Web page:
How To Measure Health Insurance Subsidies

Measuring Health Insurance Subsidies

On June 25, 2015, The Supreme Court in a decision of 6 to 3 upheld the Affordable Healthcare Act allowing millions of low and moderate income Americans to continue to receive health insurance subsidies.

This law obligates every American to subscribe to a health insurance program, either through his/her employer or privately. Depending on the individual or family income, the cost of the monthly premium could be partially or entirely subsidized.

The affordable health care act is able to help millions of previously uninsured people and the cost is partially subsidized by the Federal Government through tax credits.

According to this law, a health insurance company cannot refuse insurance to individuals with preexisting conditions and companies with more than 50 employees are obligated to obtain from health insurance companies affordable premium health care for their employees.

Measuring health insurance subsidies is complex and it depends on the number of formerly uninsured who signed up through the affordable healthcare act for health insurance, and the amount of monthly subsidies provided, presently estimated to be an average of $272 per citizen. Out of the 10.2 millions people who signed up with health insurance companies through the affordable healthcare act, 8.7 millions receive subsidies from the government.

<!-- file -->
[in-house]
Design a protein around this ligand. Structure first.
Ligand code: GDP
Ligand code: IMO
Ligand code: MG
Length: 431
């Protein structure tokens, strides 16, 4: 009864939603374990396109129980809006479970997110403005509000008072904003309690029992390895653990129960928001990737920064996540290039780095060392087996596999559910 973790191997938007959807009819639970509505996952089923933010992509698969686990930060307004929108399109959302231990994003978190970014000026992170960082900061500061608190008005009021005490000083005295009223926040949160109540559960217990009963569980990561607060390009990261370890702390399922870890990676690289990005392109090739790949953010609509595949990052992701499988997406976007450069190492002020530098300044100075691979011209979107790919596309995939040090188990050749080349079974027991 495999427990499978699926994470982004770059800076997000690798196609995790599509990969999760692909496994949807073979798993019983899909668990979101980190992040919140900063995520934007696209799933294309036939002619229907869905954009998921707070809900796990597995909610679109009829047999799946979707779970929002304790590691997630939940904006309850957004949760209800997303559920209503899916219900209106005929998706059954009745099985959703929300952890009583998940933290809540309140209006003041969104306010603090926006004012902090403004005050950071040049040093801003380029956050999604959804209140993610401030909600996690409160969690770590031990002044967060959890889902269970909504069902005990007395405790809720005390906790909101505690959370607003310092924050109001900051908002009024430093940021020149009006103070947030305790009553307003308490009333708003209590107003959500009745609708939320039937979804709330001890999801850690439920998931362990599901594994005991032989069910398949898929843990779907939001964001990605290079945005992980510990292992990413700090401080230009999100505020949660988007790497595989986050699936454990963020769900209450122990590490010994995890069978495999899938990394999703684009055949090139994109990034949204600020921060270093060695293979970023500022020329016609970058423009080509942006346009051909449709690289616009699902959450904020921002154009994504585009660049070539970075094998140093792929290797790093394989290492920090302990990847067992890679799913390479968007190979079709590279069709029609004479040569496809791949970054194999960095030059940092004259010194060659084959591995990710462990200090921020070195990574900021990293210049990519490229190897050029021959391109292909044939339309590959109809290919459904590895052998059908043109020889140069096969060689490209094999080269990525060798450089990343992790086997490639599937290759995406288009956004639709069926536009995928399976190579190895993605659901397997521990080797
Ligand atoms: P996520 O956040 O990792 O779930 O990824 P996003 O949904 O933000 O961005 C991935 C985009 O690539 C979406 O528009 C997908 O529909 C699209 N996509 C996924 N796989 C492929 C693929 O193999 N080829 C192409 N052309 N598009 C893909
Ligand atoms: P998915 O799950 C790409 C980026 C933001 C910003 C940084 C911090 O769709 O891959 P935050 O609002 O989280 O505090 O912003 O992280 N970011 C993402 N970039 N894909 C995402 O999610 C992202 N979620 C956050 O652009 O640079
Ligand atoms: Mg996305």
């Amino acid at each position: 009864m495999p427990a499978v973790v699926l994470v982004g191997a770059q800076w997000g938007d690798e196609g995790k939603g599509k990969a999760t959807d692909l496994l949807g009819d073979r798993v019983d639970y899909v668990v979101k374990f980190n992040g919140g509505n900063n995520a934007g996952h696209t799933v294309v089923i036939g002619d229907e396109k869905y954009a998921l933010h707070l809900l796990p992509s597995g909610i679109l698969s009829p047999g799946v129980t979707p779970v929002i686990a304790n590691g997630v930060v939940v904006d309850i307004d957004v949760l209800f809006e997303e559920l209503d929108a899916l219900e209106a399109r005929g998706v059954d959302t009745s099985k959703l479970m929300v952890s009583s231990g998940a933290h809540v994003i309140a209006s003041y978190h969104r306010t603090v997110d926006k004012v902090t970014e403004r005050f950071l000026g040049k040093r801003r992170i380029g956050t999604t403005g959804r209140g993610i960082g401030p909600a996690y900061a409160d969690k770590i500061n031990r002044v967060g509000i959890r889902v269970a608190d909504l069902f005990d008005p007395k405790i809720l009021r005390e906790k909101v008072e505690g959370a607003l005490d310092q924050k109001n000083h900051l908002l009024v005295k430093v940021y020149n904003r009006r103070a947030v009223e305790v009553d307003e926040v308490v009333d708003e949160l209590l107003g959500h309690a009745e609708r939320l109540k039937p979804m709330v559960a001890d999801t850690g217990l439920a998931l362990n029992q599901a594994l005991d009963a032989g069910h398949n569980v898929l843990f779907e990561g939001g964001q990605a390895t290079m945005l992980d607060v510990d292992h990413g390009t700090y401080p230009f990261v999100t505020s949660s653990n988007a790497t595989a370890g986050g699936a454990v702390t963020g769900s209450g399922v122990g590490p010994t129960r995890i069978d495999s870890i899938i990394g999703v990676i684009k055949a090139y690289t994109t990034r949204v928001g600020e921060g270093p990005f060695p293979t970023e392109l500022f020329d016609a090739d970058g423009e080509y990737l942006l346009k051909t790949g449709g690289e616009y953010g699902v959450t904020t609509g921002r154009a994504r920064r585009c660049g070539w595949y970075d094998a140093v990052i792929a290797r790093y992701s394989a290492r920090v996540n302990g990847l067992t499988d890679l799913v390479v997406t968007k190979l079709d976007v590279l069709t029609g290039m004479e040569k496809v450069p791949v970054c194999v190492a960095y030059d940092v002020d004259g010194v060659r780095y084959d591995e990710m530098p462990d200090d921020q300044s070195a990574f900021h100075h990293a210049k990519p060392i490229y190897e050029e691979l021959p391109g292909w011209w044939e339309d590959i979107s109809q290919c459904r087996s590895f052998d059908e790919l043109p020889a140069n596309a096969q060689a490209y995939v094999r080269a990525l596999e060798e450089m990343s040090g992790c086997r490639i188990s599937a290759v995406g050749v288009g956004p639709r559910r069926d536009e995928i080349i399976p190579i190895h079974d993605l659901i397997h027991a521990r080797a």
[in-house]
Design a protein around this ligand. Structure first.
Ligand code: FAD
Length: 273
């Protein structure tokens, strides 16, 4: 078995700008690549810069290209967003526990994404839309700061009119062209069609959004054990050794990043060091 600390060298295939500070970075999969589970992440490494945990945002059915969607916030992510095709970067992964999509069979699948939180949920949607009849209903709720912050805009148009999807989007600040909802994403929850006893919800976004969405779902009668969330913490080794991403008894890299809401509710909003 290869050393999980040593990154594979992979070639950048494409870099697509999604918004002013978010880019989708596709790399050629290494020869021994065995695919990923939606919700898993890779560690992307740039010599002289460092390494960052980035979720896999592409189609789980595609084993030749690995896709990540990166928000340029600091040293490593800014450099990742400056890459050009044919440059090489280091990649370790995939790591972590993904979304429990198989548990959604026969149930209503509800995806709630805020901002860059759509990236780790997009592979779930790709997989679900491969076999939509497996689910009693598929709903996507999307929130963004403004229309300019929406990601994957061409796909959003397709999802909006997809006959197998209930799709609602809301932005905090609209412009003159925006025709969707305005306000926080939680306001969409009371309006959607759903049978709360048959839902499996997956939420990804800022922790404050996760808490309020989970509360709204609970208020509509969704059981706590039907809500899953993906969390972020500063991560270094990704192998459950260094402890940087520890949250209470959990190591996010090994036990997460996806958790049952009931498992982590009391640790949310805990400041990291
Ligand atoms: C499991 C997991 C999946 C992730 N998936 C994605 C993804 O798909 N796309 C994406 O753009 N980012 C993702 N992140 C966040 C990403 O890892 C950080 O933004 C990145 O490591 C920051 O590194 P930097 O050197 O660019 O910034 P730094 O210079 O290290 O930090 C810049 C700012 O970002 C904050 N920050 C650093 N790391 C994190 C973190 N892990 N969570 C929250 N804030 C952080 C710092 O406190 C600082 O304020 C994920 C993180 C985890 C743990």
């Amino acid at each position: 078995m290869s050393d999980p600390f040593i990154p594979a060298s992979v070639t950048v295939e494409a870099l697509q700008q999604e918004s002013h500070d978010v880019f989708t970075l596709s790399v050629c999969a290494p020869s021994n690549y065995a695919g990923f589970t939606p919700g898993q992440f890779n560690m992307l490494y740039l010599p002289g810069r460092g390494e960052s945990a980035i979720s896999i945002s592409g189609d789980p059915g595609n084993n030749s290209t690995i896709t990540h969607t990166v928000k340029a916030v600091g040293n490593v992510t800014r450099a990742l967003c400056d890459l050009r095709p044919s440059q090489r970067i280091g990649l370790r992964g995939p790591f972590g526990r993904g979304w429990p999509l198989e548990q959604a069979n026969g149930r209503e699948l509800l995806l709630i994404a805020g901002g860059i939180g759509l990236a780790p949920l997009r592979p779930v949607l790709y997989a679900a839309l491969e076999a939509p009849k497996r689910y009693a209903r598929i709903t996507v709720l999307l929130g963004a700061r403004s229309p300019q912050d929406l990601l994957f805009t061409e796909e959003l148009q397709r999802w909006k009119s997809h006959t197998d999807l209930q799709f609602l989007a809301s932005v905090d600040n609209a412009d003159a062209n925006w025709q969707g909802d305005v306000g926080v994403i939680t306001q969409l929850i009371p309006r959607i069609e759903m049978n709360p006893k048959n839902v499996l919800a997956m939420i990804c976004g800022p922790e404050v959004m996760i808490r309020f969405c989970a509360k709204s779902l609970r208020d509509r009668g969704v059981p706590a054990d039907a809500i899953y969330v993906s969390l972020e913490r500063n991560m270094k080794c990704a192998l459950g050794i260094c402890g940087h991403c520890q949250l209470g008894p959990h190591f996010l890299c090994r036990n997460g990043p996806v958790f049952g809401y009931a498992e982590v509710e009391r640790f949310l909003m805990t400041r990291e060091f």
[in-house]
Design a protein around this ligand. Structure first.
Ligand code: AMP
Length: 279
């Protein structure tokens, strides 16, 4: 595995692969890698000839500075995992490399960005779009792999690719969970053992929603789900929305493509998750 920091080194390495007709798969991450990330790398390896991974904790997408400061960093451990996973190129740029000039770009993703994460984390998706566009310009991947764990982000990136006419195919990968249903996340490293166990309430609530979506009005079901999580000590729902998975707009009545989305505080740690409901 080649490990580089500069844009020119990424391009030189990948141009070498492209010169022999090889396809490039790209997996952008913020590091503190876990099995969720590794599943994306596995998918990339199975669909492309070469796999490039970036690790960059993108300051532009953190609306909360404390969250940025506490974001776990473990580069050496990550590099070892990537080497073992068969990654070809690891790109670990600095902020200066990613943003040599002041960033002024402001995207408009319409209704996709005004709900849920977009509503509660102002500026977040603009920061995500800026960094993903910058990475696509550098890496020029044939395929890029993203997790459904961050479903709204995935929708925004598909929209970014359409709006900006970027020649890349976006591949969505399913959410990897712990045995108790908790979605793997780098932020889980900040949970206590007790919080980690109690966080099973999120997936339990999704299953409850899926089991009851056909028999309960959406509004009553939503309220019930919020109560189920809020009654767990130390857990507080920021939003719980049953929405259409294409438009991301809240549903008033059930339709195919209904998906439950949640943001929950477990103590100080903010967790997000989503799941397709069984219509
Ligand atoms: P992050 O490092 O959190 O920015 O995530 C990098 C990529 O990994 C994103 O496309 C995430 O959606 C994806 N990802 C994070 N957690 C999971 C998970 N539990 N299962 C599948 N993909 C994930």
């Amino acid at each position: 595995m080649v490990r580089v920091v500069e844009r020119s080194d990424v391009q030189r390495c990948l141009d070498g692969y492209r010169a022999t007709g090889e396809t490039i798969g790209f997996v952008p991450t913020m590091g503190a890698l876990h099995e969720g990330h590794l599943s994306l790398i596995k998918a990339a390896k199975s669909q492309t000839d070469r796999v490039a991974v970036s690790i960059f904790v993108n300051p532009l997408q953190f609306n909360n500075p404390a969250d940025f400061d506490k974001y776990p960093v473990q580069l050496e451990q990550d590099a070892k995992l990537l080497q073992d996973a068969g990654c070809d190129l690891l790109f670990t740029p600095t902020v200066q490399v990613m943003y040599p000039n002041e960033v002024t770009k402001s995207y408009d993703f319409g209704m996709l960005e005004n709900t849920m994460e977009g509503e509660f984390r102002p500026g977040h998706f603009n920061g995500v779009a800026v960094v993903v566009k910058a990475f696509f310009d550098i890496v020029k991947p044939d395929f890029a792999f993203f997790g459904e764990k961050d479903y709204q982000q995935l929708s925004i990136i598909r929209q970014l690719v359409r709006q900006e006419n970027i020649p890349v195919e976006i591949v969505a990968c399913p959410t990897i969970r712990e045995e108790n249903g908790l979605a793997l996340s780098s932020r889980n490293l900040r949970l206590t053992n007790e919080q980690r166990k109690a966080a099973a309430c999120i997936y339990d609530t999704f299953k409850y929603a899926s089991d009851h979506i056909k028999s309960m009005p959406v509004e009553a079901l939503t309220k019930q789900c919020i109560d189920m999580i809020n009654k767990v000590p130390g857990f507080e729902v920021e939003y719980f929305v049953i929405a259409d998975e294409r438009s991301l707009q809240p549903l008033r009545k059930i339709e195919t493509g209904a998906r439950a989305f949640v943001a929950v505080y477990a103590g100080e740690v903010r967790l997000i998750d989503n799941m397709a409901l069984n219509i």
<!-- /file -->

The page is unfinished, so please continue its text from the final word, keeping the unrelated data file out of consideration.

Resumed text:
Measuring health insurance subsidies is a big concern for the Republicans who believe the cost of those subsidies, approximately 700 billions in 2014 is a cost that was never approved by the Congress and spending even larger amounts when more, still uninsured people will enroll, will push the country into even deeper debt.

Another concern was that a health insurance company, due to the lower premiums they charge through the affordable healthcare act, might diminish the quality of medical services to patients by reducing the access to certain hospitals and doctors, but in the past two years it was determined that that was not the case.

The large health insurance companies have consolidated their operations to streamline their cost and a smaller, local health insurance company might consider a merger with a large health insurance company for the same reason.

Although measuring health insurance subsidies is an ongoing process and the cost could escalate to more than it is now, providing affordable health care for all its people is a duty of an advanced civilization, and now United States is moving forward to accomplish this obligation.
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